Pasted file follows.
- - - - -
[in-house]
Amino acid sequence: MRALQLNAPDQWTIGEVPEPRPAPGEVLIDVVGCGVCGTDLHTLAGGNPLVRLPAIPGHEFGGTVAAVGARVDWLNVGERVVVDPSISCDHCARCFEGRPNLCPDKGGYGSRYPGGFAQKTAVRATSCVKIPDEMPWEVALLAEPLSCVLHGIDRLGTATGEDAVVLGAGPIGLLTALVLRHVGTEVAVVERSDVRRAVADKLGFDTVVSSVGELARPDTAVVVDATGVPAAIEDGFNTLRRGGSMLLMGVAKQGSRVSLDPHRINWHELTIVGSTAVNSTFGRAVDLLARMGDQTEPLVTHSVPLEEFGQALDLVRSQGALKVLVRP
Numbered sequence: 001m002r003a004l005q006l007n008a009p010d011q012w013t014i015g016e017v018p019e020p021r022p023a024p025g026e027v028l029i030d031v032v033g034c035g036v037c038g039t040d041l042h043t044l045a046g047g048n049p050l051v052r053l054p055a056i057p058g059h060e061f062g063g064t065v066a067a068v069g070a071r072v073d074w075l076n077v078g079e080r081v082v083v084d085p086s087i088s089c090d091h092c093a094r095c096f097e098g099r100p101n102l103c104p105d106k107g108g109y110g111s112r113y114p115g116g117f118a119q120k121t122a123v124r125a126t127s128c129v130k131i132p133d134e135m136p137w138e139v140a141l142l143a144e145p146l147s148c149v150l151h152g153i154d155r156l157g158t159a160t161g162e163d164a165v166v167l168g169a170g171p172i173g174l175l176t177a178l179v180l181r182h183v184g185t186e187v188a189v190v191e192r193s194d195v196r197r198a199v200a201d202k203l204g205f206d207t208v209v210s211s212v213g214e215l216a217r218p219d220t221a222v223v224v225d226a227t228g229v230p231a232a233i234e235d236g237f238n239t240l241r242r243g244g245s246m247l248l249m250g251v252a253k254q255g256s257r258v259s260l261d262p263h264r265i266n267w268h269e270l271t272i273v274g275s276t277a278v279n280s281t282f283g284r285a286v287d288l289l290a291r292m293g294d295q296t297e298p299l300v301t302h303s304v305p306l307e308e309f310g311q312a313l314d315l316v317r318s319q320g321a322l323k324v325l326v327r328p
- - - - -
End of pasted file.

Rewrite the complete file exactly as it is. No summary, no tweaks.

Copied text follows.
[in-house]
Amino acid sequence: MRALQLNAPDQWTIGEVPEPRPAPGEVLIDVVGCGVCGTDLHTLAGGNPLVRLPAIPGHEFGGTVAAVGARVDWLNVGERVVVDPSISCDHCARCFEGRPNLCPDKGGYGSRYPGGFAQKTAVRATSCVKIPDEMPWEVALLAEPLSCVLHGIDRLGTATGEDAVVLGAGPIGLLTALVLRHVGTEVAVVERSDVRRAVADKLGFDTVVSSVGELARPDTAVVVDATGVPAAIEDGFNTLRRGGSMLLMGVAKQGSRVSLDPHRINWHELTIVGSTAVNSTFGRAVDLLARMGDQTEPLVTHSVPLEEFGQALDLVRSQGALKVLVRP
Numbered sequence: 001m002r003a004l005q006l007n008a009p010d011q012w013t014i015g016e017v018p019e020p021r022p023a024p025g026e027v028l029i030d031v032v033g034c035g036v037c038g039t040d041l042h043t044l045a046g047g048n049p050l051v052r053l054p055a056i057p058g059h060e061f062g063g064t065v066a067a068v069g070a071r072v073d074w075l076n077v078g079e080r081v082v083v084d085p086s087i088s089c090d091h092c093a094r095c096f097e098g099r100p101n102l103c104p105d106k107g108g109y110g111s112r113y114p115g116g117f118a119q120k121t122a123v124r125a126t127s128c129v130k131i132p133d134e135m136p137w138e139v140a141l142l143a144e145p146l147s148c149v150l151h152g153i154d155r156l157g158t159a160t161g162e163d164a165v166v167l168g169a170g171p172i173g174l175l176t177a178l179v180l181r182h183v184g185t186e187v188a189v190v191e192r193s194d195v196r197r198a199v200a201d202k203l204g205f206d207t208v209v210s211s212v213g214e215l216a217r218p219d220t221a222v223v224v225d226a227t228g229v230p231a232a233i234e235d236g237f238n239t240l241r242r243g244g245s246m247l248l249m250g251v252a253k254q255g256s257r258v259s260l261d262p263h264r265i266n267w268h269e270l271t272i273v274g275s276t277a278v279n280s281t282f283g284r285a286v287d288l289l290a291r292m293g294d295q296t297e298p299l300v301t302h303s304v305p306l307e308e309f310g311q312a313l314d315l316v317r318s319q320g321a322l323k324v325l326v327r328p